This is difficult, because I am familiar with Babajanov’s work, and have a lot of respect for him as a scholar. I don’t think he’s lying, and he’s not actually parrotting the absurd Government line (namely the BBC/CIA/Bin Laden conspiracy theory). I just don’t think this information really changes anything. I can’t pretend to much special knowledge, but I did vist Andijan and Kara-Su in 2002, before the border with Kyrgyzstan was closed. I stayed with a local businessman called Farkhat Ismailov who seemed to be running rackets of one kind or another in several bazaars around Kara-su, and I saw the cheap Chinese manufactured goods which had come in from Kyrgyzstan, and they appeared to be a mainstay of the local economy. When Karimov closed the border all that trade would have disappeared. Factor in the arrest of most of the Andijan region’s major employers as ‘extremists’ (and we still don’t know if they really were members of the Akramiya or any other ‘extremist’ organisation), the general crapness of life under Karimov, and the brutal suppression of dissent, and you have a situation where people don’t need to read about ‘Jihad’ or have a religious inspiration in order to revolt. If what Babjanov says is true, they saw the Akramiya’s attempt at a coup d’etat as their opportunity for redress, and understandably so. And, predictably, but not understandably, hundreds of them were shot, and hundreds more became refugees. So what’s new?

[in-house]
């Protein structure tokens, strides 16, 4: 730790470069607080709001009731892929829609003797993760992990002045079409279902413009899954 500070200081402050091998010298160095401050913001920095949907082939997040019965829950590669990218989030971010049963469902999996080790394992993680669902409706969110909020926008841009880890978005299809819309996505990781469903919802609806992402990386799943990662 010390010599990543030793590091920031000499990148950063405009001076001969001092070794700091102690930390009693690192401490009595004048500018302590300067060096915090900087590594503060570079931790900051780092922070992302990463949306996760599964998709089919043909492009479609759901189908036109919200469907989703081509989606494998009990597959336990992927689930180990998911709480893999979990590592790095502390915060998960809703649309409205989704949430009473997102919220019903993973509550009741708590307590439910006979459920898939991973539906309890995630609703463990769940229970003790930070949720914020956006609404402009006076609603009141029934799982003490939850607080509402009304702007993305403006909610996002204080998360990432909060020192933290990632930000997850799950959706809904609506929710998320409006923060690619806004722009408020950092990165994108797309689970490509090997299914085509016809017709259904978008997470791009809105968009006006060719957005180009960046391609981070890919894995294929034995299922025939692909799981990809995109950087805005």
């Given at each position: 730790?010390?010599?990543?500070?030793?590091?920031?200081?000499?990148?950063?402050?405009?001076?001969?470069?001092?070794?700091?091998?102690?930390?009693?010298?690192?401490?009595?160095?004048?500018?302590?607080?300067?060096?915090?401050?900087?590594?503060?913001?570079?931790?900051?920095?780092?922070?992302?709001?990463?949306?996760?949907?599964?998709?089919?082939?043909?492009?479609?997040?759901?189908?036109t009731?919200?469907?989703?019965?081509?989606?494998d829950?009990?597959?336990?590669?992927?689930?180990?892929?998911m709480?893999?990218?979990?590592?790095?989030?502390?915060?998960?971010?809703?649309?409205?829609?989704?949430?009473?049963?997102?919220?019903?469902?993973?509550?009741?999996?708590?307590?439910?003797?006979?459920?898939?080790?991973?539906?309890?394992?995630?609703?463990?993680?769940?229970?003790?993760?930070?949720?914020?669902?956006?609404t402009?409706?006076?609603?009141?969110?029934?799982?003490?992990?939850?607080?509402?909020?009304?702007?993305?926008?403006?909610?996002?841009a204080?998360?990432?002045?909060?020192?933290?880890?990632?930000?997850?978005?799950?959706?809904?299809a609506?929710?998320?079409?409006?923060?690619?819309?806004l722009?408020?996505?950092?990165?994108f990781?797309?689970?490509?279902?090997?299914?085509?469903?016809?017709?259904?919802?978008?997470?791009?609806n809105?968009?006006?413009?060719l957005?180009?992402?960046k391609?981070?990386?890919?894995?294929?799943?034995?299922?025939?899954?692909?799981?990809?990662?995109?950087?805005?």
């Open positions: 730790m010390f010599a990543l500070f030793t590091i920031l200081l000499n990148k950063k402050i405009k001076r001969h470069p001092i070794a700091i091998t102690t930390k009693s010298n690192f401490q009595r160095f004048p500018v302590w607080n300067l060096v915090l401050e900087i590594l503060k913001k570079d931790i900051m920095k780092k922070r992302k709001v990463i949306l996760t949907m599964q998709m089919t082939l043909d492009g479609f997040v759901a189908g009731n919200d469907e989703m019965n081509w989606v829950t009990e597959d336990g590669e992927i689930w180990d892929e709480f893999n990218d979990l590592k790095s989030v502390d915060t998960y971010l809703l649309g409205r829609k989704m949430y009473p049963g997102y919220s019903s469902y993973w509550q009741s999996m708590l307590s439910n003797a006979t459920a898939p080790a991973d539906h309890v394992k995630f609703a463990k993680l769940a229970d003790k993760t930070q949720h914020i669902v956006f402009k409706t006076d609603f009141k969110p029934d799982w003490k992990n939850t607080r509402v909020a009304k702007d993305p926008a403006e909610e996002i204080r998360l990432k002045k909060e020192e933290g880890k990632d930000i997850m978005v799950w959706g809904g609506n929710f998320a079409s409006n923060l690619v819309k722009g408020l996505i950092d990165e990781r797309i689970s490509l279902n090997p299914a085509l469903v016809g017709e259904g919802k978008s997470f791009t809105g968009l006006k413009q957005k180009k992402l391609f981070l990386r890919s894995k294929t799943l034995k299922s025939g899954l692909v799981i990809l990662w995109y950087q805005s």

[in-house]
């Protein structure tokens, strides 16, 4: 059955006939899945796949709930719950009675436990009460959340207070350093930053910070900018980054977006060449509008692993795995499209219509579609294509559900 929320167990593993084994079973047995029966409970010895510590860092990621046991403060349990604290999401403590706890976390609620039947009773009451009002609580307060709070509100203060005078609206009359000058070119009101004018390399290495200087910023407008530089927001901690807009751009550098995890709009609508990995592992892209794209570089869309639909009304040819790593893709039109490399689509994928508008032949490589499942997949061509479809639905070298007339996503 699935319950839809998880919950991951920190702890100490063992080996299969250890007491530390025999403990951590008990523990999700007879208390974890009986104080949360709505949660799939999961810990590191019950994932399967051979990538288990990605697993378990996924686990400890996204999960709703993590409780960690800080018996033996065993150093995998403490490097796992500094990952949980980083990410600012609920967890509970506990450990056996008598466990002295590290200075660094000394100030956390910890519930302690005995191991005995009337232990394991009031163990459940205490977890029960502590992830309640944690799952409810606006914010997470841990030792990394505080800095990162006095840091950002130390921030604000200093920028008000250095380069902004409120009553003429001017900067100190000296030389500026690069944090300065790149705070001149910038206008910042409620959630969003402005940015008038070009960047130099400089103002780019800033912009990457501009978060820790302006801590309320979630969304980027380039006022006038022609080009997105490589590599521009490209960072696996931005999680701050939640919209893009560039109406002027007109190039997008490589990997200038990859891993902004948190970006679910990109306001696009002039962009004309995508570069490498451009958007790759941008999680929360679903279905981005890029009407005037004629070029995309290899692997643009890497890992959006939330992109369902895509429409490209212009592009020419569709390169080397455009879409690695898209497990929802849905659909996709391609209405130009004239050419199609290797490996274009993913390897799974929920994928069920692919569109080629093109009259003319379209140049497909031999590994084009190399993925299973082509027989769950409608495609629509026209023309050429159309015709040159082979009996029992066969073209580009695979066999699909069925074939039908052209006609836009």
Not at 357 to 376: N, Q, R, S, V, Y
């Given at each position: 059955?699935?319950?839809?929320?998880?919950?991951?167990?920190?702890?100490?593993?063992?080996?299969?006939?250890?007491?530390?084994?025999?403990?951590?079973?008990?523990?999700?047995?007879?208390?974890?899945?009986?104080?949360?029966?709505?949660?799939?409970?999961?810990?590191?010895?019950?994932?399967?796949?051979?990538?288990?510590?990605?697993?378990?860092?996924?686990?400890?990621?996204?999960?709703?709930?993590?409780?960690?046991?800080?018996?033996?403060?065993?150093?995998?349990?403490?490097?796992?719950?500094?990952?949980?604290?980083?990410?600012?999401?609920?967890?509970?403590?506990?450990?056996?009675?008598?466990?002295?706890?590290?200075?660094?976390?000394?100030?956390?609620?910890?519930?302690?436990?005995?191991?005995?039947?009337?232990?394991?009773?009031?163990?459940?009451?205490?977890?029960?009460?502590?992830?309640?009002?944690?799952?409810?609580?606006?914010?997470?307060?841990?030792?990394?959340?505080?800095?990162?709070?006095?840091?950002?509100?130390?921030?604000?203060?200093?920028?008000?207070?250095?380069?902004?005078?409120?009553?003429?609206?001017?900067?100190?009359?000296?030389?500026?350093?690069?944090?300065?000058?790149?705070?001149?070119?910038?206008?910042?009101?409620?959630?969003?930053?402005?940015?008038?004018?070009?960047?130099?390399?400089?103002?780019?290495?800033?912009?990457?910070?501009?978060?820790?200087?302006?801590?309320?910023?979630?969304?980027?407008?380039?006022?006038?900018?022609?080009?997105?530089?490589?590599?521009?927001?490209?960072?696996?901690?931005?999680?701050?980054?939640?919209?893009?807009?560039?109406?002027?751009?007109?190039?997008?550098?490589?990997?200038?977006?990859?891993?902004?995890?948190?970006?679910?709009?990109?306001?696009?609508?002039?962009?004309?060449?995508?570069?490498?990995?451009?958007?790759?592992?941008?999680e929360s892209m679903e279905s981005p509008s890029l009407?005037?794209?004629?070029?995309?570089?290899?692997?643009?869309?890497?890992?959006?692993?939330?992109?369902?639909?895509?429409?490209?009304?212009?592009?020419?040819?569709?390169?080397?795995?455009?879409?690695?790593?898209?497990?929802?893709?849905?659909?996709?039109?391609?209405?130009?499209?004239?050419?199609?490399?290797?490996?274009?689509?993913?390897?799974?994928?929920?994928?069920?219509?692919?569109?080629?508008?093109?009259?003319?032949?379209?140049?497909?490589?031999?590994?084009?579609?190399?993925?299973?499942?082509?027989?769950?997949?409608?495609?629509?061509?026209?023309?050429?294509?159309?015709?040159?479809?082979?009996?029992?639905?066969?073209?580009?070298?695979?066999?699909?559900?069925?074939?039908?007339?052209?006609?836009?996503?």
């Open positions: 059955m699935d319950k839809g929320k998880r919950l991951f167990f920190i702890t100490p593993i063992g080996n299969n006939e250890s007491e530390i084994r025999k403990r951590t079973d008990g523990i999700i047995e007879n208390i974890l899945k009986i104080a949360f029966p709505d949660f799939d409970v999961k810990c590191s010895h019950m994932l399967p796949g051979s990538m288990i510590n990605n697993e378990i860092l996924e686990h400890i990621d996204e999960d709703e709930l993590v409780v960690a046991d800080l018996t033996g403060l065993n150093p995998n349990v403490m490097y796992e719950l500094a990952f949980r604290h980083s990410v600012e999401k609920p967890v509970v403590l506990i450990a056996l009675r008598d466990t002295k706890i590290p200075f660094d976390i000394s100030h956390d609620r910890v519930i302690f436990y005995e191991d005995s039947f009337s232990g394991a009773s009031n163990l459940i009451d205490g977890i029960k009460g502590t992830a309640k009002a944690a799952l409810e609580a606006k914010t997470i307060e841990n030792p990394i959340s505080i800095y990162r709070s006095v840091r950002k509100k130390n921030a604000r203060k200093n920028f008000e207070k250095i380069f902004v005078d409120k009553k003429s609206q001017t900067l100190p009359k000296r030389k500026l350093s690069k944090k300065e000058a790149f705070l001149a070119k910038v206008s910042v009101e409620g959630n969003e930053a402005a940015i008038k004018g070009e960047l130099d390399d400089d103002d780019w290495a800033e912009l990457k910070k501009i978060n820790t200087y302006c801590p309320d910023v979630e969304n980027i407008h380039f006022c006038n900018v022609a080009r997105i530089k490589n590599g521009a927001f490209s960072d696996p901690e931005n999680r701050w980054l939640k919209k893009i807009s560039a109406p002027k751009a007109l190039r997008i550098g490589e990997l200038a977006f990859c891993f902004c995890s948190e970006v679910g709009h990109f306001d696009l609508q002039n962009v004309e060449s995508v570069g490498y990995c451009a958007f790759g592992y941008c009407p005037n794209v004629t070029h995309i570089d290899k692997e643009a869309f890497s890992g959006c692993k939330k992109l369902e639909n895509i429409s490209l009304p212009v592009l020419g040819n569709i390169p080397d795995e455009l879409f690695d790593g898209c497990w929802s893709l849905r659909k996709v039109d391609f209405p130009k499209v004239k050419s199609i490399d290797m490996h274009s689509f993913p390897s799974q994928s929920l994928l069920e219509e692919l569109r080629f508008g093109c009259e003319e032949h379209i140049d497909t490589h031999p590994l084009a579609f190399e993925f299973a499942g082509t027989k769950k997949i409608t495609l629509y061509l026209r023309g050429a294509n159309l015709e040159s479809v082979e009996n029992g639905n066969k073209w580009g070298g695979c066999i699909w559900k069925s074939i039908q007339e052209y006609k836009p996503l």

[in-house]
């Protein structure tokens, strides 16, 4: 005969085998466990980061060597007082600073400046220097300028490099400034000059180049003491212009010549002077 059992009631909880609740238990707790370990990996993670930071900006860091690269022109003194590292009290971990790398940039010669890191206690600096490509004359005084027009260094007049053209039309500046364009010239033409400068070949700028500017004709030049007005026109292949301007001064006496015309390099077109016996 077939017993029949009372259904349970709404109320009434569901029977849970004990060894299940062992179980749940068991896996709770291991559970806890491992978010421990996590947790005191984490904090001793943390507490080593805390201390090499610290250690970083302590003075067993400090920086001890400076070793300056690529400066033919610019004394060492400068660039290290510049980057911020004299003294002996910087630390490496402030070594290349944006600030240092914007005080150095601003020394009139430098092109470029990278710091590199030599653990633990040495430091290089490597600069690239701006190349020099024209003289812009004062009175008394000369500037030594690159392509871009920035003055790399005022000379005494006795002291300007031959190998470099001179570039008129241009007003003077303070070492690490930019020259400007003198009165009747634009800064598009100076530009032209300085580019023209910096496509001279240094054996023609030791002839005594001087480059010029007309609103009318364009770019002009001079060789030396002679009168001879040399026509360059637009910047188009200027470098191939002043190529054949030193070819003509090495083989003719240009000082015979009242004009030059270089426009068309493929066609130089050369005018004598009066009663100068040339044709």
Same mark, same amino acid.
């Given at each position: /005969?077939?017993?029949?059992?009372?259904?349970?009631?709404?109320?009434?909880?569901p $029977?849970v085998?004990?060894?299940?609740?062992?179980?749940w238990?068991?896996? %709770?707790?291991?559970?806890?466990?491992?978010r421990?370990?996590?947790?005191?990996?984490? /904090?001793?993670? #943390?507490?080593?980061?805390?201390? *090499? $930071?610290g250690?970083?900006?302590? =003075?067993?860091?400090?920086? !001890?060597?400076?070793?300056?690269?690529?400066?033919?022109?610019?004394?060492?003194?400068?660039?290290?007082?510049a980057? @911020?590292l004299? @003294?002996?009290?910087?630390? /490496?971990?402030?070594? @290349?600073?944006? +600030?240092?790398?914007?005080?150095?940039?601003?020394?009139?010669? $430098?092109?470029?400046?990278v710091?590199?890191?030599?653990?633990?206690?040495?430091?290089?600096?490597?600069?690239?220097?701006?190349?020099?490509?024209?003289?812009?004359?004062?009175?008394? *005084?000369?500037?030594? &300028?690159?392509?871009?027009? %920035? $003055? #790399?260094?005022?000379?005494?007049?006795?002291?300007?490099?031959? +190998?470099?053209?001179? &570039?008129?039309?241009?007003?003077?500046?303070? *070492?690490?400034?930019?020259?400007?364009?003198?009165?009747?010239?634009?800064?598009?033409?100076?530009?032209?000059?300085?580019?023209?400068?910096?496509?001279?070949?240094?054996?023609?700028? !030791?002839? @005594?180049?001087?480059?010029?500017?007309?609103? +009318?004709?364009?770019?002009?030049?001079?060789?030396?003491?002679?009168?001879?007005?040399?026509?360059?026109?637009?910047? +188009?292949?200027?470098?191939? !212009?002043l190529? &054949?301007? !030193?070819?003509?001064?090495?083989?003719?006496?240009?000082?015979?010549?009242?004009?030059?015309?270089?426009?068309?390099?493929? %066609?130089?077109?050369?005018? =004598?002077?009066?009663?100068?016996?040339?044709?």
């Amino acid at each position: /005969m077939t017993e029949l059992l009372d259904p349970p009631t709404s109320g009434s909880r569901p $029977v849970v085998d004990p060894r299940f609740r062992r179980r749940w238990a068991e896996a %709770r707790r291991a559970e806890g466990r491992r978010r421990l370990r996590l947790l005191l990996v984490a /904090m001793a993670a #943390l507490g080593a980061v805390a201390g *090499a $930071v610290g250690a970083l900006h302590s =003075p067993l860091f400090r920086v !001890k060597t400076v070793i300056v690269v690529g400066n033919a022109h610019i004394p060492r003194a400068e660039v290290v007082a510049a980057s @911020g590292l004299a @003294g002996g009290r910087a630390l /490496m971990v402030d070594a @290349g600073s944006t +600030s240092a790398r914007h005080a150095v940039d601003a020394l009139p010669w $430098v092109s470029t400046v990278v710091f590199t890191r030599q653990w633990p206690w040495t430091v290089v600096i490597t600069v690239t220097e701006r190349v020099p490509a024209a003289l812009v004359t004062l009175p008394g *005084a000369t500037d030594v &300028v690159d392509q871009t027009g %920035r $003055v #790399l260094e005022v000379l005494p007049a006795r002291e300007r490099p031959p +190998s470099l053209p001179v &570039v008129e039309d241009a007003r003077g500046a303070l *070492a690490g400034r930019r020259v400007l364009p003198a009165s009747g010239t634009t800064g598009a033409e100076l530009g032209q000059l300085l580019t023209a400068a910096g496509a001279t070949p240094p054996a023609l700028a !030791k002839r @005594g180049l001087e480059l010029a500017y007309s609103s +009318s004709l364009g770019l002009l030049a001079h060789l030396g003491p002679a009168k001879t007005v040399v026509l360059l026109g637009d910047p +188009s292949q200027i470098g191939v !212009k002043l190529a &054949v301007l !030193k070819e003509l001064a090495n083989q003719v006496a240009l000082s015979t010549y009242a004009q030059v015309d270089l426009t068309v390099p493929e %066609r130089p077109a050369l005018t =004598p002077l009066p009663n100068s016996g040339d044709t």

Laurence May 5, 2006 at 5:22 pm

Brian, I was taking up Rustam on the HAMAS question, not making any other claims…

Tashkent resident May 5, 2006 at 10:25 pm

Brian said: “What I do know is that it’s a real shame that I don’t trust the Uzbek government one bit because I’d really like to get an honest account of what happened.”